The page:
In June 1909, Bullington moved to Wichita Falls, where he practiced law for the remainder of his life, first with partners Charles C. Huff and Joe H. Barwise, and later with T.R. "Dan" Boone and Leslie Humphrey (1884–1967), who served for a time as the district attorney from Henrietta in nearby Clay County and was a long-time Democratic Party advocate. The Bullington firm is now known as Gibson Davenport Anderson.[4]

Bullington enlisted as a private in the United States Army during World War I and was discharged as a lieutenant colonel from the 8th Infantry.[1]

On June 28, 1911, Bullington married the former Sadie Kell (1886-1960), daughter of railroad executive Frank Kell of Wichita Falls, and the couple had one son, William Orville Bullington (1923–1951).[5] The couple married at The Kell House in Wichita Falls, then in its second year of residence. Sadie's wedding gown is among the exhibits on display at the Kell House Museum.[6] In 1929, Bullington was named president of the Wichita Falls Chamber of Commerce. His business investments included petroleum and farm and ranch holdings in Wichita Falls and the Texas Panhandle. He was also affiliated with the American National Bank, Kemp Hotel Corporation (named for Joseph A. Kemp, Frank Kell's brother-in-law), and the Wichita Falls and Southern Railroad.[1]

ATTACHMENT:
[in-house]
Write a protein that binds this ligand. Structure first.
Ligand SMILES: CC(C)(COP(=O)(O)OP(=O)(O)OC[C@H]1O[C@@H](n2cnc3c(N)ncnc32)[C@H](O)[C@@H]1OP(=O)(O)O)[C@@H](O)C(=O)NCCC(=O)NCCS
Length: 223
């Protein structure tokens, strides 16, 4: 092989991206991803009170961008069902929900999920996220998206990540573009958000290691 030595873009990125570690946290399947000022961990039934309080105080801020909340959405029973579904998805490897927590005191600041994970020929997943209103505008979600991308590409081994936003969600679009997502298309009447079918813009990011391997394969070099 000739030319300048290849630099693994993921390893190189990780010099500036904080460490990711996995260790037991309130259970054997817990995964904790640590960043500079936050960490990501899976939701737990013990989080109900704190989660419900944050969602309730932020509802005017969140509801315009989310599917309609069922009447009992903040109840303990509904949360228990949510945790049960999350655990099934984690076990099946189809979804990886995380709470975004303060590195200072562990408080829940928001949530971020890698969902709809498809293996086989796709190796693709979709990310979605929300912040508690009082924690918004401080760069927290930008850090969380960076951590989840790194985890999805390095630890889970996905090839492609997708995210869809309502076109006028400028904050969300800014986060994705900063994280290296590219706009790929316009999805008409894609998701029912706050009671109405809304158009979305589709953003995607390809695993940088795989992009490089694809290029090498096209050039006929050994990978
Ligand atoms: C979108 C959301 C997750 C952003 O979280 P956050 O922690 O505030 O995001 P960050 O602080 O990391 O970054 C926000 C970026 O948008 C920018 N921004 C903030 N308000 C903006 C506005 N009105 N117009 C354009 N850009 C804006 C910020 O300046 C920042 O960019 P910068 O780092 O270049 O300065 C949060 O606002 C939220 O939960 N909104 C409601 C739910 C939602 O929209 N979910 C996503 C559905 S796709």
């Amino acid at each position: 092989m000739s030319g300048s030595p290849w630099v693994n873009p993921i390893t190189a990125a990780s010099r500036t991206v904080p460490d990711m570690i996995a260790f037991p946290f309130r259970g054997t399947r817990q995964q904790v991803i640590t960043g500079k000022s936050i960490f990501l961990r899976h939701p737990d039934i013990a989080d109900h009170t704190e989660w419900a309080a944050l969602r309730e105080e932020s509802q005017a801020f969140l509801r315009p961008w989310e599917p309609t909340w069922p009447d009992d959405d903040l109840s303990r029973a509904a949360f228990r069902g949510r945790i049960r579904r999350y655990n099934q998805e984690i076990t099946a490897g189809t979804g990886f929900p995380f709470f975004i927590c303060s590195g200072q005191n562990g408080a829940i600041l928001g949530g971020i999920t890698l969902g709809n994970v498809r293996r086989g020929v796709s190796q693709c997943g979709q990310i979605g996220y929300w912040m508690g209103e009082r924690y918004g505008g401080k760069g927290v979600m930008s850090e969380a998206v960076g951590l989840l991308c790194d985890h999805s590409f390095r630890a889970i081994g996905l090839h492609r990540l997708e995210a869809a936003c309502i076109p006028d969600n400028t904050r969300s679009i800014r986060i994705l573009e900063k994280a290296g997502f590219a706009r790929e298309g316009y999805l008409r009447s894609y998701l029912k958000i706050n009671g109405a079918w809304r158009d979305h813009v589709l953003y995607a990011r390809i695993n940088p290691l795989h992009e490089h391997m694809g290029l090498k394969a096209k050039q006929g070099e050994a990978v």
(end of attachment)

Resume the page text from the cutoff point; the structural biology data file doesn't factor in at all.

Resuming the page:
In 1929, Bullington became partners with Frank P. Jackson and J. M. Gilliam in the first radio station in Waco, WJAD, which soon changed its named to WACO, now based on Burleson, Texas.[7]

Republican politics[edit]